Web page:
What me, mentor? Introducing the Connected Mentor Framework for out-of-school environments

CM_logoMentoring is often described in terms of its intensity: the long arc of interactions, the deep bonds that form, the great investments made on both sides. However, when reflecting on the range of experiences that youth have in out-of-school contexts like those found in Hive Learning Networks, one can point to many instances when adults mentor youth in ways that don’t quite fit the traditional model, but are still valuable in their own right. For example: the video game designer hired to run a 7-week program, who not only provided instruction but also created a temporary conversation space to ‘geek out’ about the latest video games and the game design industry itself. Or the fashion designer invited to speak at a youth event about his journey to owning a small business. Couldn’t such “mentoring moments” be just as valuable or consequential to a youth’s learning trajectory as more sustained mentoring?

This is the question that the Chicago-based Mentoring Working Group—Tené Gray, Director of Professional Development at the Digital Youth Network (DYN), Elsa Rodriguez, program manager at Hive Chicago, and Bernadette Sánchez, associate professor at DePaul University—set out to address. Their Connected Mentor site, which launches tomorrow, represents a synthesis of rich research and practical knowledge around mentoring, including a mentoring framework that was developed specifically for the out-of-school context.

As our own on-the-ground observations here in NYC indicate that many ‘fleeting’ interactions between youth and helpful individuals do provide key forms of support contributing to the ongoing pursuit of interest-driven activities, we find this framework provides a valuable foundation to begin teasing apart and further leveraging these relationships. Furthermore, this issue of common language is something we’ve seen as important for any type of coordinated action and so we applaud this effort to develop a powerful and shared language around the practice of mentoring.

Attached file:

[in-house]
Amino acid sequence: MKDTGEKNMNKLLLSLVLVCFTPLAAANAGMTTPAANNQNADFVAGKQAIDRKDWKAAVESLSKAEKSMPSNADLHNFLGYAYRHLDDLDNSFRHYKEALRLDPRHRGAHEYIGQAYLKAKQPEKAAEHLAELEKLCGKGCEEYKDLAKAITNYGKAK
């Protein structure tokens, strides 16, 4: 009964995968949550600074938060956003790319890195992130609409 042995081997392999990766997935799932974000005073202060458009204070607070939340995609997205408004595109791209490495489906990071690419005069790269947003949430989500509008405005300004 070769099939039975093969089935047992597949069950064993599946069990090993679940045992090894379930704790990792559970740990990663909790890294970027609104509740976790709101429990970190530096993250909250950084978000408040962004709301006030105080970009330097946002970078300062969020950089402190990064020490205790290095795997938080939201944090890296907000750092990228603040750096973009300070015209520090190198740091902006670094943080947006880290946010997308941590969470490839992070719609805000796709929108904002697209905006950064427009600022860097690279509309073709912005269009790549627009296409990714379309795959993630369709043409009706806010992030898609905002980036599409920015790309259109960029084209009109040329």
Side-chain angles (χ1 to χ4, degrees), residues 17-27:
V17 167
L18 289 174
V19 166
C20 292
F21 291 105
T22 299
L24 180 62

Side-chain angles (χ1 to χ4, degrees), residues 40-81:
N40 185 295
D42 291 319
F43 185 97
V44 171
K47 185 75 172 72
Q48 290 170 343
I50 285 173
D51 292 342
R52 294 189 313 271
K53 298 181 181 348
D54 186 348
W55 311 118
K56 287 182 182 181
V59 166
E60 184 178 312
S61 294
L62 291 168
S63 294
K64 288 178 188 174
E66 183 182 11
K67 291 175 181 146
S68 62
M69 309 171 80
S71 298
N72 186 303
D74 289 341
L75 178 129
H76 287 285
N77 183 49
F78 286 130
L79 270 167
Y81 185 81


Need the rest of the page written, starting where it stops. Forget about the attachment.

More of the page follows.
Tene and Elsa were kind enough to chat with us about their work and give us some insight into their Connected Mentor Framework.

Hive Research Lab: How did the Mentoring Working Group get started?
Tene: It really began when Nichole Pinkard [founder of DYN] suggested that I write a Hive Chicago grant to create a mentoring badging system that could support the professional development of mentors to level up in different areas. When I went to write that grant, however, I realized that there really was no framework in place for the kind of mentoring I was seeing in DYN and YouMedia spaces. There was no conceptual framework about the different types of mentors that actually exist in these out-of-school spaces. And so it made sense that there needed to be a collaboration between folks who have some expertise in this area to come together to create a mentoring framework.